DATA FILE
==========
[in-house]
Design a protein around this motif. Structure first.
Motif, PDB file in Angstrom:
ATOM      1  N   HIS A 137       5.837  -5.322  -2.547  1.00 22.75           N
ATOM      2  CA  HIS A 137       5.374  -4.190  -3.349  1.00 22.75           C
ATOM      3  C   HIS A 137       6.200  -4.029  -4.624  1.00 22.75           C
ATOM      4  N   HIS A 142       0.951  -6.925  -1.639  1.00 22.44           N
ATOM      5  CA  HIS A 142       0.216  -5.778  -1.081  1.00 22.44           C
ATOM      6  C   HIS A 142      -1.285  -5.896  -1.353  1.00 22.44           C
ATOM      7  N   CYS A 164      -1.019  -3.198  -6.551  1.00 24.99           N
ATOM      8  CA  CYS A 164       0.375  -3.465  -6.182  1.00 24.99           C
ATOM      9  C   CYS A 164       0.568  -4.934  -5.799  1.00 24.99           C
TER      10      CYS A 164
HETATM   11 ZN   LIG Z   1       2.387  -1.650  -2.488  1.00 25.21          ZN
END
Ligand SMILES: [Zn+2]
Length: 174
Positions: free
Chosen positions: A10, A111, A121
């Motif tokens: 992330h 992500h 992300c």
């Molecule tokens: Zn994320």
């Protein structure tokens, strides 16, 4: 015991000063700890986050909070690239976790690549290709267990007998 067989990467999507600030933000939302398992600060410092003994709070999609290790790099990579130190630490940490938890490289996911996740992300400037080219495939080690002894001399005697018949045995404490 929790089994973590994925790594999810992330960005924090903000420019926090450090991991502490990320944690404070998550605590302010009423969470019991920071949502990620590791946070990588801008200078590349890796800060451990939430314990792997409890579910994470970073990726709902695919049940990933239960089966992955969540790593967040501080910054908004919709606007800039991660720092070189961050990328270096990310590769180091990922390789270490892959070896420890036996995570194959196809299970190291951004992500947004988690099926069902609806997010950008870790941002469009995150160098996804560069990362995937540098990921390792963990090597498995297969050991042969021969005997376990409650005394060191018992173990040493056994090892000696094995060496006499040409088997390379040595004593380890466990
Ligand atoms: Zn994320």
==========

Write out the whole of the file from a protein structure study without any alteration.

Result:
[in-house]
Design a protein around this motif. Structure first.
Motif, PDB file in Angstrom:
ATOM      1  N   HIS A 137       5.837  -5.322  -2.547  1.00 22.75           N
ATOM      2  CA  HIS A 137       5.374  -4.190  -3.349  1.00 22.75           C
ATOM      3  C   HIS A 137       6.200  -4.029  -4.624  1.00 22.75           C
ATOM      4  N   HIS A 142       0.951  -6.925  -1.639  1.00 22.44           N
ATOM      5  CA  HIS A 142       0.216  -5.778  -1.081  1.00 22.44           C
ATOM      6  C   HIS A 142      -1.285  -5.896  -1.353  1.00 22.44           C
ATOM      7  N   CYS A 164      -1.019  -3.198  -6.551  1.00 24.99           N
ATOM      8  CA  CYS A 164       0.375  -3.465  -6.182  1.00 24.99           C
ATOM      9  C   CYS A 164       0.568  -4.934  -5.799  1.00 24.99           C
TER      10      CYS A 164
HETATM   11 ZN   LIG Z   1       2.387  -1.650  -2.488  1.00 25.21          ZN
END
Ligand SMILES: [Zn+2]
Length: 174
Positions: free
Chosen positions: A10, A111, A121
């Motif tokens: 992330h 992500h 992300c």
């Molecule tokens: Zn994320």
């Protein structure tokens, strides 16, 4: 015991000063700890986050909070690239976790690549290709267990007998 067989990467999507600030933000939302398992600060410092003994709070999609290790790099990579130190630490940490938890490289996911996740992300400037080219495939080690002894001399005697018949045995404490 929790089994973590994925790594999810992330960005924090903000420019926090450090991991502490990320944690404070998550605590302010009423969470019991920071949502990620590791946070990588801008200078590349890796800060451990939430314990792997409890579910994470970073990726709902695919049940990933239960089966992955969540790593967040501080910054908004919709606007800039991660720092070189961050990328270096990310590769180091990922390789270490892959070896420890036996995570194959196809299970190291951004992500947004988690099926069902609806997010950008870790941002469009995150160098996804560069990362995937540098990921390792963990090597498995297969050991042969021969005997376990409650005394060191018992173990040493056994090892000696094995060496006499040409088997390379040595004593380890466990
Ligand atoms: Zn994320």